Here’s the point: there was a brief period where, in a handful of markets, indoor soccer was a bigger draw, on average8NBA teams played far more home games, so as far as total fans and revenue, it still wasn’t even close. than the NBA. But indoor soccer was never “on the top of the American sports landscape.” Baseball had been America’s most popular sport since overtaking boxing, college football and horse racing in the 1920s9Thanks, Babe! before pro football supplanted it in the mid-1960s at the top of the heap, where it resides to this day.

Indoor soccer had a successful heyday and enjoyed a position near or at the top of a small cadre of alternative sports leagues (remember, there was no Arena Football before 1987, no WNBA before 1997, no outdoor soccer leagues to speak of and nowhere near the number of sportainment options outside the Big Four that we have today) for a brief period in the early (not late) 1980s. The NBA did borrow many of the showbiz game presentation elements that the MISL pioneered, and, eventually, did it better, marketed itself better, corrected its issues with its players association, and welcomed some of the most exciting players in its history into the fold and onto national television screens. There are a number of reasons why the NBA is exponentially more popular than indoor soccer is today.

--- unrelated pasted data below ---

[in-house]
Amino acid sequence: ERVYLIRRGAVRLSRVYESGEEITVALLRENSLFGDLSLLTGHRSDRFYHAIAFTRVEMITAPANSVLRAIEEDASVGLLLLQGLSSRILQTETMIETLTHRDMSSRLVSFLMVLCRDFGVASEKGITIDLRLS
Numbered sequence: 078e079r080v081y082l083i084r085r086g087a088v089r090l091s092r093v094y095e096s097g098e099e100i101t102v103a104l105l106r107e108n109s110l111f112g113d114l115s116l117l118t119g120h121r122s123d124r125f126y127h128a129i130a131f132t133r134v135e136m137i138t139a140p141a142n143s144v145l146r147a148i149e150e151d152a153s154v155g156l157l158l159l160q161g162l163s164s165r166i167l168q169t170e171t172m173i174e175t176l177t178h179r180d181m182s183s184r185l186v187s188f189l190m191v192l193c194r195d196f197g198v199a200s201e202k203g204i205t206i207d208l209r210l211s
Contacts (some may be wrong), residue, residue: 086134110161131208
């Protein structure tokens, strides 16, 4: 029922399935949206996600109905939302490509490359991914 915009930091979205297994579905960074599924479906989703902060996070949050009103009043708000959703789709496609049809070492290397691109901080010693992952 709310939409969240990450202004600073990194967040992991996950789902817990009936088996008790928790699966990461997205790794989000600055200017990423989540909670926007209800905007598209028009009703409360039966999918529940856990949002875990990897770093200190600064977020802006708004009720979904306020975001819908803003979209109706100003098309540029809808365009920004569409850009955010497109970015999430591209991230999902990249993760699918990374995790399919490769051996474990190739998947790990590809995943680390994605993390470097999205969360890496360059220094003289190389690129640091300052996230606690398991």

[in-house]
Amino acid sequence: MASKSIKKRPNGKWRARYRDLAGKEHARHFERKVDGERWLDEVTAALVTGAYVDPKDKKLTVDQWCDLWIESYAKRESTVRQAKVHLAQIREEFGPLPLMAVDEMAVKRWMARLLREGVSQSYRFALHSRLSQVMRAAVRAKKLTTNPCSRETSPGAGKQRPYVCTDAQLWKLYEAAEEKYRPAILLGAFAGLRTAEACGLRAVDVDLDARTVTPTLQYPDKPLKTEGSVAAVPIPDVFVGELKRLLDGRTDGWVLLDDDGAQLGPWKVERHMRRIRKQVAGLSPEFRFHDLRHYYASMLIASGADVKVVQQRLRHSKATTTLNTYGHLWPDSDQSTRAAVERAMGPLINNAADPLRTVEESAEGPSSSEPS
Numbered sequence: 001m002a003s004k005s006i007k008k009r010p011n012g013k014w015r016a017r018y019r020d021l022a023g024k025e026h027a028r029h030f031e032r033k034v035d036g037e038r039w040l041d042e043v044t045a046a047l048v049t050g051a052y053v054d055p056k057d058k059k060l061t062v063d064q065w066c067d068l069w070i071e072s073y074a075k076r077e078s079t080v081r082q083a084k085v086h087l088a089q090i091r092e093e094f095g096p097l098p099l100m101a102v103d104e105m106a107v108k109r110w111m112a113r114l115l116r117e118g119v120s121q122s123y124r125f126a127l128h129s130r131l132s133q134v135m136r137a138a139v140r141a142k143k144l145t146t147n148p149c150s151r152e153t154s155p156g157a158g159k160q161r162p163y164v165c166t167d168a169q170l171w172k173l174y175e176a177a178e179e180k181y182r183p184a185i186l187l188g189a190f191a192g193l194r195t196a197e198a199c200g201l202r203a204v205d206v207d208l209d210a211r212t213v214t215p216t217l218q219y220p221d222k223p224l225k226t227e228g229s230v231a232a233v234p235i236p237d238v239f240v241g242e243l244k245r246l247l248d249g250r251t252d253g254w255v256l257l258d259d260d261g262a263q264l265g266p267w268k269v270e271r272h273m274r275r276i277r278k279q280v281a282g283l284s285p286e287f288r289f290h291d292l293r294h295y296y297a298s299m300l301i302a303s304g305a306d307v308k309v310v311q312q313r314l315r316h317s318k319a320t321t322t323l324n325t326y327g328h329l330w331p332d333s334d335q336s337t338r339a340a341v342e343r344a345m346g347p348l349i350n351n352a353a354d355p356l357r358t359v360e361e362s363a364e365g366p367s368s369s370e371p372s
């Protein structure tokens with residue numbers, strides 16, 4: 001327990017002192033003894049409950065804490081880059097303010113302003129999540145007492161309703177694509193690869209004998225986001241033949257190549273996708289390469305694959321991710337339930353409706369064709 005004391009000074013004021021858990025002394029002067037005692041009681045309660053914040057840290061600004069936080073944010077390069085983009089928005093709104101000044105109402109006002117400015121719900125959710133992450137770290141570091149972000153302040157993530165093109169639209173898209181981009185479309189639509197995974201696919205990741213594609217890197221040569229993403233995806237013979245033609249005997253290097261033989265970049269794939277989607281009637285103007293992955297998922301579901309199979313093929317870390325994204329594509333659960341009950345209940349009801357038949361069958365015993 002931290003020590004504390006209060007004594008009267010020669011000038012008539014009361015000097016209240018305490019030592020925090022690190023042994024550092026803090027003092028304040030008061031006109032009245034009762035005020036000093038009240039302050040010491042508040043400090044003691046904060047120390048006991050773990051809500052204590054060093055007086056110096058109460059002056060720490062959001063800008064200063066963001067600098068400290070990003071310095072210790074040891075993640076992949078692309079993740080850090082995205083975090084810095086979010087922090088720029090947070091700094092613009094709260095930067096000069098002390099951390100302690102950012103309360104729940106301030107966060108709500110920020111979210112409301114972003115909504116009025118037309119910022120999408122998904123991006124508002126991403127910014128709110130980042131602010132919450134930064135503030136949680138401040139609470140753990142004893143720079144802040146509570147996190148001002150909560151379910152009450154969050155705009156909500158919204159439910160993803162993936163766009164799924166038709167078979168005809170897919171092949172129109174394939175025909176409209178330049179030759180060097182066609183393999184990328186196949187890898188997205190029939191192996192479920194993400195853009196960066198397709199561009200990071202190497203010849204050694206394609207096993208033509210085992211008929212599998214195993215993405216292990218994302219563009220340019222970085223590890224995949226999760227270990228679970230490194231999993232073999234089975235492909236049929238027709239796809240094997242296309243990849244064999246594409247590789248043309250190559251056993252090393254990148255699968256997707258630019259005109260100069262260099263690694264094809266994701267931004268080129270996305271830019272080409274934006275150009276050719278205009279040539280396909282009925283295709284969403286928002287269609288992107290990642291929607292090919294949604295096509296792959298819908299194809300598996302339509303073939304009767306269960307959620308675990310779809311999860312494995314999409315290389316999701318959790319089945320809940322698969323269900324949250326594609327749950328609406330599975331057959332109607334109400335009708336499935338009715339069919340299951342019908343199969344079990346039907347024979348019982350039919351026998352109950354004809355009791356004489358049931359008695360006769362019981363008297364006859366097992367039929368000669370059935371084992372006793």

But there’s no question there was never a time where indoor soccer, on the whole, was more popular than the NBA. Nor did it – except for a handful of local examples – outdraw basketball on a wide scale. It’s revisionist history to say otherwise.

Kenn Tomasch

Kenn Tomasch